The CPU is an Intel i7 930 quad core and, at, it ranks at 330th of 1122 CPUs ranked. I mean, not terrible, right? Still, I can’t do most of what I want to do as well as I’d like to do it. So I decided, with the help of a friend of mine, that I’d not only buy a new computer, but I’d assemble it myself.

I bought all the parts on Tuesday night and they’re starting to arrive today (Thursday).

The new CPU I’m getting is ranked 8th/1122. Just a bit of an upgrade, eh?

I went all-out on this. We’re talking 16GB RAM (expandable to 64), 500GB SSD and 1TB HDD, GeForce GTX 1080Ti graphics card, SLI-compatible motherboard — and I suspect the 1080Ti will drop (eventually) so it won’t be quite so expensive to buy a second one later on, since the 2080 and 2080Ti have been announced. No peripherals, since I’m just going to use the ones I already have. And I also want a new monitor to replace one of my two (and I’d give one of them to my brother). So the new rig will be able to handle video card upgrades, RAM upgrades and such.

My only worry is nuking my CPU by accident, hahaha oh god. Anyway, I should be assembling everything late next week and I’m super excited to be able to open programs like Photoshop while Spotify is open, or open Discord while playing a game with my brother and not have my ENTIRE COMPUTER FREAK OUT. Even opening my writing program, Scrivener, can make everything chug and then I’ll realize that oops, I left Docker open from the last time I was coding and maybe THAT’S the problem.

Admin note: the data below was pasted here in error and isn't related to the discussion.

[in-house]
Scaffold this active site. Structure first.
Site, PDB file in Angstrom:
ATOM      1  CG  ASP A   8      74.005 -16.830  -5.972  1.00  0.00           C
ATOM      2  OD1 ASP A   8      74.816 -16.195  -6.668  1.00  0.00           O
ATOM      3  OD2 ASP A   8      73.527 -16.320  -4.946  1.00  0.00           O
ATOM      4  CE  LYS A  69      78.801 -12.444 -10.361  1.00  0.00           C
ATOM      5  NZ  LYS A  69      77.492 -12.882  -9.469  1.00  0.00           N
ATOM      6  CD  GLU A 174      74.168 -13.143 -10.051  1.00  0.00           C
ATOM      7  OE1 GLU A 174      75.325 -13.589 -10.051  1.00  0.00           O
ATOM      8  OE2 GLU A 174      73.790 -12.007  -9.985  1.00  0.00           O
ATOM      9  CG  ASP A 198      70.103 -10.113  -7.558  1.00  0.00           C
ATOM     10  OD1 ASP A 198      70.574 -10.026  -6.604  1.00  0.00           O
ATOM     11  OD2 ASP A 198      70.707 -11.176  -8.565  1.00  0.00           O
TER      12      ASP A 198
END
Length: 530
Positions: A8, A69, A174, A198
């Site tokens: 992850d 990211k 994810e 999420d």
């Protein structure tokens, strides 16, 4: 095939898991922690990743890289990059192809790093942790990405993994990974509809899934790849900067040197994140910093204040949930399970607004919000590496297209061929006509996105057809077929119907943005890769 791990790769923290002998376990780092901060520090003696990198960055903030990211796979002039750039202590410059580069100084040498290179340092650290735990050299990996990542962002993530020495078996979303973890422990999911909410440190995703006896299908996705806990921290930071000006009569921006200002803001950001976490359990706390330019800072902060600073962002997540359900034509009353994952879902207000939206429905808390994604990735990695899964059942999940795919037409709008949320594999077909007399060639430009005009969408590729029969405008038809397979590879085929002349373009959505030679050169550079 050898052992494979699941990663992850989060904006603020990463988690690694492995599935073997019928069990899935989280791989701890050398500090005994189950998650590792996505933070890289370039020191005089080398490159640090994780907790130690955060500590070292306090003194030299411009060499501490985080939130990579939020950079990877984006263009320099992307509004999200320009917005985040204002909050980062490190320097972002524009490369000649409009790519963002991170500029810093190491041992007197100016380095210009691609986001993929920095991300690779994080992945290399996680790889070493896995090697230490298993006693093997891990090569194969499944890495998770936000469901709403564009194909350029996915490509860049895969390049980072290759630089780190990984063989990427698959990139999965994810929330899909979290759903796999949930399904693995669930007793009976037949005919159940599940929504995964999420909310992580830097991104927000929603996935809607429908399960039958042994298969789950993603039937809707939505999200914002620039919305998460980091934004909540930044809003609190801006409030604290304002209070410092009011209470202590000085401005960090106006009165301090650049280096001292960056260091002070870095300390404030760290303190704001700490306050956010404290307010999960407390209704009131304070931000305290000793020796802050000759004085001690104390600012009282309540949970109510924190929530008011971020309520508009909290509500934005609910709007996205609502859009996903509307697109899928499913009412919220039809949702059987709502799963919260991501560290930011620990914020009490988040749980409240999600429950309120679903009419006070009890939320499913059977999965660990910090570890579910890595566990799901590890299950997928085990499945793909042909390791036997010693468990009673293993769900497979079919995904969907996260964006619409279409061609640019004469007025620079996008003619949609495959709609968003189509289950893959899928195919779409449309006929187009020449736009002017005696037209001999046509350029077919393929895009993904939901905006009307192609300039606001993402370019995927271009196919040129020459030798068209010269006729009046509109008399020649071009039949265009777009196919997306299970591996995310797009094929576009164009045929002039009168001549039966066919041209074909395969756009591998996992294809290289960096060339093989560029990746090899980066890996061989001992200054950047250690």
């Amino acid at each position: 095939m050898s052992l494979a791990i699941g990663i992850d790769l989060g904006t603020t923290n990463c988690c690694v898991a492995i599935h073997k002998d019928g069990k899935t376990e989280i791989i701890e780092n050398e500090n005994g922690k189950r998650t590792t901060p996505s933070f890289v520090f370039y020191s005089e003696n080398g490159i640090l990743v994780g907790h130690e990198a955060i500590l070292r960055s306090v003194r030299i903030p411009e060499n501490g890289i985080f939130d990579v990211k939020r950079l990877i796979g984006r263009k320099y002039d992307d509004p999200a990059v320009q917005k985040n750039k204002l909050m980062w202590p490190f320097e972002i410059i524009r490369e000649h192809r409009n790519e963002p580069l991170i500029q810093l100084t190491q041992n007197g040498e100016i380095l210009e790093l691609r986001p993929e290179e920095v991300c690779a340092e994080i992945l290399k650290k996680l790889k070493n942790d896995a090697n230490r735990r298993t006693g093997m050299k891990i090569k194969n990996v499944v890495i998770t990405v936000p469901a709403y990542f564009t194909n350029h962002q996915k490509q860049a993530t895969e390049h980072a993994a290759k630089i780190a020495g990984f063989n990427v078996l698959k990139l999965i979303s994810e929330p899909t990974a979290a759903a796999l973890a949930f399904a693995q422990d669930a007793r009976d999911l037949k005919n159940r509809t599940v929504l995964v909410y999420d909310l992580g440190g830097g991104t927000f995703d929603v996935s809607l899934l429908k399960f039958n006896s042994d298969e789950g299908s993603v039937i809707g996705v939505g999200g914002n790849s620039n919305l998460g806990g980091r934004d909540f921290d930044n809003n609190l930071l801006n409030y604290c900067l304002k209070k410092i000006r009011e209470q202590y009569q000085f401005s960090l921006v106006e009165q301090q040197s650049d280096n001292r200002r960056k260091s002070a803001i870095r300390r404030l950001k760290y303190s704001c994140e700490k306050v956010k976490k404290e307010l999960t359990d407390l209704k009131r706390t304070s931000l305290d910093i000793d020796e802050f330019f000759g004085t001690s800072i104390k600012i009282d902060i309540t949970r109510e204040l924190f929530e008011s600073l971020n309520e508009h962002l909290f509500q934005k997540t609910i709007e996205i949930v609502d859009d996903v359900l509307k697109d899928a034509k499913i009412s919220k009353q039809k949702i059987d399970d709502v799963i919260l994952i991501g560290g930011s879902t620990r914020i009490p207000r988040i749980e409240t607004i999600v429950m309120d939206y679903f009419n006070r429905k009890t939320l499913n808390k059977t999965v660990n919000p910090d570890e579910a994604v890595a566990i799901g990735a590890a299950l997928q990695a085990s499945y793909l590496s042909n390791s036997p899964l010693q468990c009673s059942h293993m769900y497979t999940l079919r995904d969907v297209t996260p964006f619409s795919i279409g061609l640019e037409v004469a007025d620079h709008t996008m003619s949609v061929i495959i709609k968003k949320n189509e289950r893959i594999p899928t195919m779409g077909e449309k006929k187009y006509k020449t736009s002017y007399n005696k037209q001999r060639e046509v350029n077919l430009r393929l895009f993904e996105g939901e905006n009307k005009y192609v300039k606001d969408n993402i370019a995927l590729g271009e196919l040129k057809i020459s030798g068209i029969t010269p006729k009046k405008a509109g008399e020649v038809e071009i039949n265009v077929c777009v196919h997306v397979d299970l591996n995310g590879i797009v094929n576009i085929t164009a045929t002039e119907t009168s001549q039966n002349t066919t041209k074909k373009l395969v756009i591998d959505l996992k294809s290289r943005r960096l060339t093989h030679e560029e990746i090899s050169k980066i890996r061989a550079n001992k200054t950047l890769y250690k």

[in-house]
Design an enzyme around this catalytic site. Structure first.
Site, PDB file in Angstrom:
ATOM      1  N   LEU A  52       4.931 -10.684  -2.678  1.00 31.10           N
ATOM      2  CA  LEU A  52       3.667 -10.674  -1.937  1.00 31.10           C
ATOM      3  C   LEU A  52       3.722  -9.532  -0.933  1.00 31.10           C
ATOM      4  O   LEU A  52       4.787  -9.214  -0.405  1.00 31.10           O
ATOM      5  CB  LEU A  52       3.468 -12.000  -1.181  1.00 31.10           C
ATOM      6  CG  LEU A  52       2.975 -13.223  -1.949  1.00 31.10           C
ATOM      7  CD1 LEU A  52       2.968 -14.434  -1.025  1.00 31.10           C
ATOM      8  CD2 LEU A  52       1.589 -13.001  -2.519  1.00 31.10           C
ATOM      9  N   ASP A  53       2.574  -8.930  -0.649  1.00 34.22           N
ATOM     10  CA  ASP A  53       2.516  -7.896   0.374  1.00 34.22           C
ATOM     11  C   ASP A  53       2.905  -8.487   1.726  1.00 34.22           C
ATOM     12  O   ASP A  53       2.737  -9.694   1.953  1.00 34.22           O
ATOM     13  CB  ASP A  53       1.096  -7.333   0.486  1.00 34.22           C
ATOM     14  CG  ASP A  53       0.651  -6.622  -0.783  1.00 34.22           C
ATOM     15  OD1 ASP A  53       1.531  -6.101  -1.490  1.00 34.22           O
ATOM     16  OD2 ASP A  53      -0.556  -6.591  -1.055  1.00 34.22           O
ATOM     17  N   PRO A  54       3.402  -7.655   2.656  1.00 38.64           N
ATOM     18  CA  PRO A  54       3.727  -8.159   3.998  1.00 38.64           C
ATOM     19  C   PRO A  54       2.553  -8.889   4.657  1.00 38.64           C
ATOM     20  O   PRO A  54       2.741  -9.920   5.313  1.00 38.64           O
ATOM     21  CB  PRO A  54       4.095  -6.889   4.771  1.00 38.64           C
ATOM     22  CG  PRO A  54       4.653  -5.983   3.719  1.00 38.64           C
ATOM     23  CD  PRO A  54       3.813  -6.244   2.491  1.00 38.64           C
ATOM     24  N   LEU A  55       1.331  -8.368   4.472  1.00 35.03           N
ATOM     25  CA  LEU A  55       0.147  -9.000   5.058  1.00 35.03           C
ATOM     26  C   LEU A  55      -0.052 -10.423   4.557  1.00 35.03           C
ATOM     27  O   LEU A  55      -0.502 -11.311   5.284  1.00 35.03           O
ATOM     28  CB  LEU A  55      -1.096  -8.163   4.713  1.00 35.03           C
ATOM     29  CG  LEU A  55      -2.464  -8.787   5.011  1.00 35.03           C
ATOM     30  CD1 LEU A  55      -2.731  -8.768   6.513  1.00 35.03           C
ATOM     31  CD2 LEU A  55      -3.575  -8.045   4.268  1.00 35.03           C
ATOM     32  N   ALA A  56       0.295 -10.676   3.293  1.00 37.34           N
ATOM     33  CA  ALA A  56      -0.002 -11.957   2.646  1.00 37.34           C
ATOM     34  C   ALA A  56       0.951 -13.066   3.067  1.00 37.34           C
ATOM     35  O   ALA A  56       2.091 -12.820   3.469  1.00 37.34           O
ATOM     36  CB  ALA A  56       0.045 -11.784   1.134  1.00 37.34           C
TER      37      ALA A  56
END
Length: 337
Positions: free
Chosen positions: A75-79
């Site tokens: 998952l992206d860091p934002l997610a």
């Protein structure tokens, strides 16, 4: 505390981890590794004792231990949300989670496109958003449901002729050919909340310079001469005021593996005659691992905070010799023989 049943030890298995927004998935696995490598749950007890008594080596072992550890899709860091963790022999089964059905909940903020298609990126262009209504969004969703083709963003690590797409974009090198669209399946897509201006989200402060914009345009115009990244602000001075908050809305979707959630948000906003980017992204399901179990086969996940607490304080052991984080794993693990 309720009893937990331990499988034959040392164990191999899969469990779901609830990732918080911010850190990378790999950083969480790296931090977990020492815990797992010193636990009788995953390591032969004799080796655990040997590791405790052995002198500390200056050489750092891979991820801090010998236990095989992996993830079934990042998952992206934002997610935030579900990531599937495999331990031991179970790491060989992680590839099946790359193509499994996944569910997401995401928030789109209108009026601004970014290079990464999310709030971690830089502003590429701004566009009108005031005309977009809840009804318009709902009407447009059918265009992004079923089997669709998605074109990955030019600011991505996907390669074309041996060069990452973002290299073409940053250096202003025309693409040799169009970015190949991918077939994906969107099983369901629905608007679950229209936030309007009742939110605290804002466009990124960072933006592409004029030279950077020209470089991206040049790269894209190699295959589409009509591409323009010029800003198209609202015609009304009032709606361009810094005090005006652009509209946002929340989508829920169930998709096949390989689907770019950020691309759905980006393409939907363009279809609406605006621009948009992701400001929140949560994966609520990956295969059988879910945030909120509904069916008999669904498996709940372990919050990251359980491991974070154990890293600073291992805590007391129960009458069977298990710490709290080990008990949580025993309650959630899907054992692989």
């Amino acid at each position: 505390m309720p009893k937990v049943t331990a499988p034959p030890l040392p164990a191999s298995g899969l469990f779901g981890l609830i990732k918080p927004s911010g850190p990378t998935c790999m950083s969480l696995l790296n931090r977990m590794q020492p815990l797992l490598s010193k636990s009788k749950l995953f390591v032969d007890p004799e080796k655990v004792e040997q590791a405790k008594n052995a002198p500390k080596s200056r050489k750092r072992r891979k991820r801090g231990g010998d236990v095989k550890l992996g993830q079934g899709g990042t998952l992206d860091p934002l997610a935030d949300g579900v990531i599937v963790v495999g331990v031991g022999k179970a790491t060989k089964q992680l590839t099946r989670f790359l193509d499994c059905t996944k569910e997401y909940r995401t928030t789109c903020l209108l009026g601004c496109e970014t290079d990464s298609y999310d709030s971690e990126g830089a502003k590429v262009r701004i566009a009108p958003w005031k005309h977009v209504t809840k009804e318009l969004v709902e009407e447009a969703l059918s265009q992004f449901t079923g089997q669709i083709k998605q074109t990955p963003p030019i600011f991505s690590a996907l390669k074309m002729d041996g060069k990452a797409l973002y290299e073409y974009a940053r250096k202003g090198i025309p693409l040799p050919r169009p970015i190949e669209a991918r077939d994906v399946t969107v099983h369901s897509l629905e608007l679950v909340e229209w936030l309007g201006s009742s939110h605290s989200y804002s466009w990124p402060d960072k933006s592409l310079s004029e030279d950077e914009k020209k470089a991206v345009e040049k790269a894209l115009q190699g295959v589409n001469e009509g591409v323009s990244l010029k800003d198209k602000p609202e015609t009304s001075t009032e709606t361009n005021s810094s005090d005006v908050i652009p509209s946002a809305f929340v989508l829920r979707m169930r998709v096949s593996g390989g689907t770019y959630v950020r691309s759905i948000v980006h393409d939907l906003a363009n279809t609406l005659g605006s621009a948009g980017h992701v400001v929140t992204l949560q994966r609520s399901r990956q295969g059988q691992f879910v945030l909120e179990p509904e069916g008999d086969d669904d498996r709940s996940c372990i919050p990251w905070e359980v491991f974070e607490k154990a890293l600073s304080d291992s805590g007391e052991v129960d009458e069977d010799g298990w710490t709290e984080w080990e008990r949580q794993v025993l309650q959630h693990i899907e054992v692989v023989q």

So, coding.

When last I wrote, I was dealing with registration validation of things like unique usernames and such. I’ve moved from the PHP validation (mostly — still something left there) to JavaScript/form validation. I’ve used regular expressions (oh, regex, I did not miss you) to ensure that usernames are only 5-16 characters and don’t begin with a number. I’ve made sure that if your email1 and email2 fields don’t match that it alerts you to that. I’m currently working on an implementation of password strength based on the zxcvbn library by Dropbox. I’m having trouble with it and, of course, if something is wrong with the JavaScript, the user gets registered anyway because the validation won’t occur and, since I’m only doing uniqueness checks in PHP, it won’t stop “test” from getting registered unless I’ve already registered “test”. (Yes, I’ll have to ensure that JavaScript is running on the user’s browser in order to play the game, good times.)

It’s slow going with JavaScript. It’s definitely the language I’m least familiar with after my web programming diploma. Like my current error is, I’m sure, a variable scope problem, but I’m not really sure how to fix it. Guess I’ll figure it out going forward.